Canon Sues Ninestar and Others over Toner Patents

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Jun 30, 2010

According to recent news, Canon Inc. (Tokyo), Canon U.S.A., Inc. and Canon Virginia, Inc. filed a 337 complaint on Monday, June 28, 2010, with the U.S. International Trade Commission to investigate whether Ninestar Image International Ltd. and others infringed two patents for a series of toner cartridges that can be used in Canon and Hewlett-Packard printers. Reportedly, Canon has also filed a companion lawsuit in federal court in New York. The ITC complaint (Docket No: 2743) alleges that 20 respondents have unlawfully imported infringing toner cartridges and related products into the United States. Canon would like to block these imports.

According to the ITC website,” under Section 337 of the Tariff Act of 1930 (19 U.S.C. § 1337), the ITC conducts investigations into allegations of certain unfair practices in import trade. Section 337 declares the infringement of certain statutory intellectual property rights and other forms of unfair competition in import trade to be unlawful practices. Most Section 337 investigations involve allegations of patent or registered trademark infringement. Other forms of unfair competition, such as misappropriation of trade secrets, trade dress infringement, passing off, false advertising, and violations of the antitrust laws, may also be asserted.”

According to Ninestar, one of the major respondents involved, the toner cartridges in question have not been imported into the U.S. for a long time and the company is analyzing the patents involved and the contents of the claim. The claim targets toner cartridges made by Ninestar and nine related businesses in Hong Kong and China and 10 U.S. companies that are presumed to be retailers or representatives for Ninestar. All the respondents are listed in the table below:

Ninestar Image Int’l, Ltd. (Zhuhai, China) Ninestar Technology Co., Ltd. (Zhuhai, China) Ninestar Management Co., Ltd. (Zhuhai, China) Zhuhai Seine Technology Co., Ltd. (Zhuhai, China) Seine Image Int’l Co., Ltd. (Shatin, Hong Kong)
Ziprint Image Corp. (Walnut, CA) Nano Pacific Corp. (South San Francisco, CA) Ninestar Tech Co., Ltd. (City of Industry, CA) Town Sky, Inc. (South San Francisco, CA) ACM Technologies, Inc. (Corona, CA)
LD Products, Inc. (Long Beach, CA) Printer Essentials.com Inc. (Reno, NE) XSE Group, Inc. d/b/a Image Star (Middletown, CT) Copy Technologies, Inc. (Atlanta, GA) Red Powers, Inc. d/b/a LaptopTraveller.com (Carlsbad, CA)
Compu-Imaging, Inc. (Doral, FL) EIS Office Solutions, Inc. (Houston, TX) Refills, Inc. (Irwindale, CA) Ninestar Image Co. Ltd. (Shatin, Hong Kong) Direct Billing International, Inc. d/b/a OfficeSupplyOutfitters.com (Carlsbad, CA)

Most are familiar names but some were a bit of a surprise as many people assume that smaller companies would often stay under the radar in cases like this. This complaint and lawsuit along with the Epson ITC case and lawsuits proves that anyone is at risk if a patent owner believes there to be infringing products, no matter where you sit in the supply chain.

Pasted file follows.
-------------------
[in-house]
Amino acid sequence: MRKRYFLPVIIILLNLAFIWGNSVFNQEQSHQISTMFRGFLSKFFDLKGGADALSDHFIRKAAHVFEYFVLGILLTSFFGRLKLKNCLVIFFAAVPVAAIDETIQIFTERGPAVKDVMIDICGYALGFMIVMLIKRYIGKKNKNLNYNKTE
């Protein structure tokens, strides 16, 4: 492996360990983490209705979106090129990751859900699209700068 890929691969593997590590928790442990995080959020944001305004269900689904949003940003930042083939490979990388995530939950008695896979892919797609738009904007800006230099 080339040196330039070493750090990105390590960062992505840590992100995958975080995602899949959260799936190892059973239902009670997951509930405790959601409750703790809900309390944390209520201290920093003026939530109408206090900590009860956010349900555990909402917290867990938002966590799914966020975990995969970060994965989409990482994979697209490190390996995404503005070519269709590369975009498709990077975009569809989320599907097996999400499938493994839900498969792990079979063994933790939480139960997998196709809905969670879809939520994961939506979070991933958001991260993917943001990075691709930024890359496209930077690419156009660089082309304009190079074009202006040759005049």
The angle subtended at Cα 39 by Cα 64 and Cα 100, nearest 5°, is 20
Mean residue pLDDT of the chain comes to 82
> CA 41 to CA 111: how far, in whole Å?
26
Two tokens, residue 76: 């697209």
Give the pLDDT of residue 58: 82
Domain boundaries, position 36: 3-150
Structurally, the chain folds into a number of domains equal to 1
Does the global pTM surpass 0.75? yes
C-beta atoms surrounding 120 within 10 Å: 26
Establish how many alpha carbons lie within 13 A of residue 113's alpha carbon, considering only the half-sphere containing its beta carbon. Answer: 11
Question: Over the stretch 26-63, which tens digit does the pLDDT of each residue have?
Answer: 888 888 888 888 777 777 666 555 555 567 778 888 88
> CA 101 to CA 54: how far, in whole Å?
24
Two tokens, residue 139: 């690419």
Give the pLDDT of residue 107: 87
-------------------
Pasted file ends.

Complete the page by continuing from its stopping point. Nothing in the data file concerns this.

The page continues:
While many details are still unknown publicly, the patents are reportedly related to the rotating drums inside the toner cartridges and how they connect to the printer. It is unknown if the affected cartridges are new build or remanufactured product. In any case, the legal scene is certainly heating up recently with several inkjet cases involving HP and other cases that have been pending for years such as Xerox and Media Sciences. One can only wonder if this pace can keep up and how long the various respondents can remain in the game while paying steep legal fees and potential penalties.

Where will all this lead? This could be the beginning of the OEMs fiercely protecting its intellectual property as the market is affected by a recession that is marked by less printing and aftermarket gains due to more attractive pricing. As everyone watched and took notes during the Epson case as it meandered its way through the process, it is clear that this was an effective way to reduce the impact of infringing product. The end result was that there is less imports of Epson product into the United States and companies are wary of getting involved with questionable product.

While inkjet cases were and are numerous, there was much speculation on when the various printer OEMs would take notice and act on the toner supplies making their way into the U.S. market that are widely thought as infringing. There are many viewpoints to this issue but two bubble up to the top. There are those that dread this kind of news as it is possible they could be named next even if they think that they are clear of IP issues. And there are others that welcome these cases since it becomes clearer after an issue is settled what is acceptable and what is not acceptable. This in turn effectively begins to level the playing field for those that wish to operate within the law but who suspect that others may be taking shortcuts and gaining an unfair advantage.

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